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Nikolai RIMSKY-KORSAKOV (1844-1908)
Scheherazade, Symphonic Suite for Orchestra Op.15 [43:17];
Igor STRAVINSKY (1882-1971)
Petrushka (1911 version) [31:26]
Tchaikovsky Symphony Orchestra/Vladimir Fedoseyev
rec. Grand Hall, Moscow Conservatory, 2003 (Rimsky-Korsakov), 2007 (Stravinsky)
MELODIYA MELCD1002508 [74:43]

Vladimir Fedoseyev has been at the helm of the Tchaikovsky Symphony Orchestra for over forty years. This CD is part of the orchestra’s 85th anniversary edition – it was founded in 1930, though it has achieved worldwide prominence as “Fedoseyev’s orchestra”. I’m something of a Scheherazade fanatic, with over thirty versions in my personal CD collection. I first fell for the piece as a ten year old when I bought the Eugene Goossens/LSO version from World Record Club (originally recorded by Everest) on a reel to reel tape. I’d never heard it before and simply couldn’t stop playing it. Even to this day, that recording is “how it should go”, so to speak. First impressions often last forever. Scheherazade has always struck me as a masterpiece of orchestration.

The orchestral playing at this live concert is extraordinarily brilliant and involving. The wind solos are phenomenal. The strings have a glorious clarity and sheen and the brass are typically Russian. Some will resist the vibrato of the French horn solos but this is probably exactly what Rimsky-Korsakov was used to hearing during his lifetime. Luckily the audience is a well behaved bunch and there are minimal distractions to be heard. I was completely transfixed by this Scheherazade and absolutely loved it until the performance had a disastrous fall at the final fence but more of that later. There are some unusual moments along the way. After the opening flourish of The Sea and Sinbad’s ship, the woodwind chords are played straight together, omitting the rests. A strange beginning but the solo violin, when it enters, is gentle and pleasing and the orchestral playing (despite some hollow sounding timps) is glorious. Fedoseyev adds some subtle changes in tempo, slowing down for the central horn and cello solos for example, but the effect is to bring repose to the score, thus allowing the music to breathe. He also treats the first two movements as a whole, with The Tale of the Kalendar Prince following immediately after the end of the first movement without any sort of pause. This second movement is delivered with great drive and virtuosity. The orchestral tone is breath-taking and the loud, comical trombone solo is bound to raise a smile. The Young Prince and the Young Princess moves forward at a flowing pace but it sounds just right. Other versions can often over-romanticise the music to a standstill. The strings are outstanding. Another curious feature is the use of the side drum in this movement. It is played without a snare or maybe it could even be a tenor drum. Either way, it’s unusual and it works admirably. The last movement has that feeling of impending doom about it, we feel that something cataclysmic is about happen. This is edge of the seat playing right up to and including the shipwreck. Following the shipwreck (marvellously done here) the cellos usually play Sinbad’s theme from the first movement very gently underneath the magical story-telling of the solo violin. This is some of the most beguiling music that I know. For some inexplicable reason 2 minutes of the violin solo are edited out, thus ruining the magical ending. Either the conductor is using an edition that I’ve never come across or an artistic decision was taken to excise this passage from the score. Maybe the engineer made an error at the post-production stage. Who knows, but the bottom line is that it completely rules this CD out of court. It’s such a shame, because until that cataclysmic own goal this recording had gone very close to the top of the list.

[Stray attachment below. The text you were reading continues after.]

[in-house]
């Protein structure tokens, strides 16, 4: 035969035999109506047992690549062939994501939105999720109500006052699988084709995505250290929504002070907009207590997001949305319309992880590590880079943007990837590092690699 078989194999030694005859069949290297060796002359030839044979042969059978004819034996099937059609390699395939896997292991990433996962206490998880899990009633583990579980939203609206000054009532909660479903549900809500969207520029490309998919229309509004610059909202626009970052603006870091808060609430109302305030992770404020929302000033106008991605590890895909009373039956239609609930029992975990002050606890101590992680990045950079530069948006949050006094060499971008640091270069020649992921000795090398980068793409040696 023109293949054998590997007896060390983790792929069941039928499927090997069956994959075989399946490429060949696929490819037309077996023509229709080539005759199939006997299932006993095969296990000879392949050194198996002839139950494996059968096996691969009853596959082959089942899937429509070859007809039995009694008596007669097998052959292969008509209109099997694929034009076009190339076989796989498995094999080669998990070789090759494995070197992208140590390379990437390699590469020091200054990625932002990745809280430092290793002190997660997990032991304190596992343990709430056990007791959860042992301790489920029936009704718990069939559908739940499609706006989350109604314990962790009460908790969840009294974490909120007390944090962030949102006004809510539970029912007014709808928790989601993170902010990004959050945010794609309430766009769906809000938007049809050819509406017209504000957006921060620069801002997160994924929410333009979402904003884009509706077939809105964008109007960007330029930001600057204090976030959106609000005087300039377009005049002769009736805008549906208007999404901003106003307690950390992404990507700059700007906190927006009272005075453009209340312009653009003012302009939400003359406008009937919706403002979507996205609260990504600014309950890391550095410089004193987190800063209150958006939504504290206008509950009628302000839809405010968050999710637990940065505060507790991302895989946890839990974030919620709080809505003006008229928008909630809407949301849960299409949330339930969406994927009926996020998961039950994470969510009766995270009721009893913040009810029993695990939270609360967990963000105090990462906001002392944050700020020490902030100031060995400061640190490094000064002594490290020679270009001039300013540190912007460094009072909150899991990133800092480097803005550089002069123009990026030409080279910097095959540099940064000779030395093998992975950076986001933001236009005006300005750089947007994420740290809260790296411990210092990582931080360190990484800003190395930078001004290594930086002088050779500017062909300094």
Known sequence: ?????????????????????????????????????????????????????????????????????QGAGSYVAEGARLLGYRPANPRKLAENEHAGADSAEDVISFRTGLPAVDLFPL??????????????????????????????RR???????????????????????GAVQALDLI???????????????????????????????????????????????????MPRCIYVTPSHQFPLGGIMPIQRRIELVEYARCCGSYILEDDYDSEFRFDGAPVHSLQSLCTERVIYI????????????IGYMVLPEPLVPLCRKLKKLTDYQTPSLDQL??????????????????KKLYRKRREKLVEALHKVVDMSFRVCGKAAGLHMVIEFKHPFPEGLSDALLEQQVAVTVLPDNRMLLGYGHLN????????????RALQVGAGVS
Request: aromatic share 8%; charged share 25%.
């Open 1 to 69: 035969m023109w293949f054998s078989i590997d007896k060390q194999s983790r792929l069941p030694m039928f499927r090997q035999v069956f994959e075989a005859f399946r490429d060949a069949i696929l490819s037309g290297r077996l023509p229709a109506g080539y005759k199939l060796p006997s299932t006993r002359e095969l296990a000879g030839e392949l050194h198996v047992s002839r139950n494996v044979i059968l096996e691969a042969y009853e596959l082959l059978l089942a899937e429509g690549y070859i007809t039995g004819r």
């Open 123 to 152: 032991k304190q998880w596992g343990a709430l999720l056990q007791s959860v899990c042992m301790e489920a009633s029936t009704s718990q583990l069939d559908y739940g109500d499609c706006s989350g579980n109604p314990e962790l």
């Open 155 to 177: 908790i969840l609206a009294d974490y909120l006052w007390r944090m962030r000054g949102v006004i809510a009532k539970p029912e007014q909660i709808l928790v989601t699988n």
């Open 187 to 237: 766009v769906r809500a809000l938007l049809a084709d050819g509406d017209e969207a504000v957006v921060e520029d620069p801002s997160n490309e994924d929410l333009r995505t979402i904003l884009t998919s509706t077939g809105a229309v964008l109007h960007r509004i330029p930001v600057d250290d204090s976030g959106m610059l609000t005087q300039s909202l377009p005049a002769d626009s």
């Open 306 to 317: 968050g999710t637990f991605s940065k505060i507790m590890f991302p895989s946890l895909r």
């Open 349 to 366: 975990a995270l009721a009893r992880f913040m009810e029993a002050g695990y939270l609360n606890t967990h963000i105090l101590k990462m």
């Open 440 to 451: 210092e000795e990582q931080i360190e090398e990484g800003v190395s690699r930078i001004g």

It may be rather pointless reviewing Petrushka but it must be said that the playing is electrifying and full of virtuosity. Some of Fedoseyev’s tempi are unusual but he often sheds new light on many passages where detail emerges with startling realism.

The recording quality isn’t top drawer but it has bite, impact and a pleasant but rather two-dimensional sound stage. Had it not been for the ending of Scheherazade I would be urging people to hear this CD. Maybe they still should but it’s expensive and flawed. So annoying!!

John Whitmore



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